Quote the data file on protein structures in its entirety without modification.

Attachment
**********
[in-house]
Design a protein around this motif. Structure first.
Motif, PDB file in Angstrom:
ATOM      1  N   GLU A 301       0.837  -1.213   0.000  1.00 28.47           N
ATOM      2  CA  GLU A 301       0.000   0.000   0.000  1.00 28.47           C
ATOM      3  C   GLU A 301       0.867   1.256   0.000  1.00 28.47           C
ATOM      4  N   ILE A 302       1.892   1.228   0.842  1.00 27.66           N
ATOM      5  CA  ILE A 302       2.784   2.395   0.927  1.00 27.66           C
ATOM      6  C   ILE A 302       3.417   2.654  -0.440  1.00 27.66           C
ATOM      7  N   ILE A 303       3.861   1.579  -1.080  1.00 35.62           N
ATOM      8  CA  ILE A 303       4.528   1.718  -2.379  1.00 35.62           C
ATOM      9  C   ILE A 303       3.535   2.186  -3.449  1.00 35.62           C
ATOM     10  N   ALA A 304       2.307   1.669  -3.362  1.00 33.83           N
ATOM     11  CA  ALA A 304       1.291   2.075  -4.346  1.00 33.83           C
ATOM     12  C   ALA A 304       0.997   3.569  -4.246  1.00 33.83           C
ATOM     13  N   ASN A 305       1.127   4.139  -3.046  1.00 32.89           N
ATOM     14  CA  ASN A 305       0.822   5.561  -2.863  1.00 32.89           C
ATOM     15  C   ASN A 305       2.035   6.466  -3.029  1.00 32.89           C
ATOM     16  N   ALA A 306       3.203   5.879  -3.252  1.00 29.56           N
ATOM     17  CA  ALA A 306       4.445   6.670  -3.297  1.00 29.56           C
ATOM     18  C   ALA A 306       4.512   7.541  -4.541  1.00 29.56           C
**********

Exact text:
[in-house]
Design a protein around this motif. Structure first.
Motif, PDB file in Angstrom:
ATOM      1  N   GLU A 301       0.837  -1.213   0.000  1.00 28.47           N
ATOM      2  CA  GLU A 301       0.000   0.000   0.000  1.00 28.47           C
ATOM      3  C   GLU A 301       0.867   1.256   0.000  1.00 28.47           C
ATOM      4  N   ILE A 302       1.892   1.228   0.842  1.00 27.66           N
ATOM      5  CA  ILE A 302       2.784   2.395   0.927  1.00 27.66           C
ATOM      6  C   ILE A 302       3.417   2.654  -0.440  1.00 27.66           C
ATOM      7  N   ILE A 303       3.861   1.579  -1.080  1.00 35.62           N
ATOM      8  CA  ILE A 303       4.528   1.718  -2.379  1.00 35.62           C
ATOM      9  C   ILE A 303       3.535   2.186  -3.449  1.00 35.62           C
ATOM     10  N   ALA A 304       2.307   1.669  -3.362  1.00 33.83           N
ATOM     11  CA  ALA A 304       1.291   2.075  -4.346  1.00 33.83           C
ATOM     12  C   ALA A 304       0.997   3.569  -4.246  1.00 33.83           C
ATOM     13  N   ASN A 305       1.127   4.139  -3.046  1.00 32.89           N
ATOM     14  CA  ASN A 305       0.822   5.561  -2.863  1.00 32.89           C
ATOM     15  C   ASN A 305       2.035   6.466  -3.029  1.00 32.89           C
ATOM     16  N   ALA A 306       3.203   5.879  -3.252  1.00 29.56           N
ATOM     17  CA  ALA A 306       4.445   6.670  -3.297  1.00 29.56           C
ATOM     18  C   ALA A 306       4.512   7.541  -4.541  1.00 29.56           C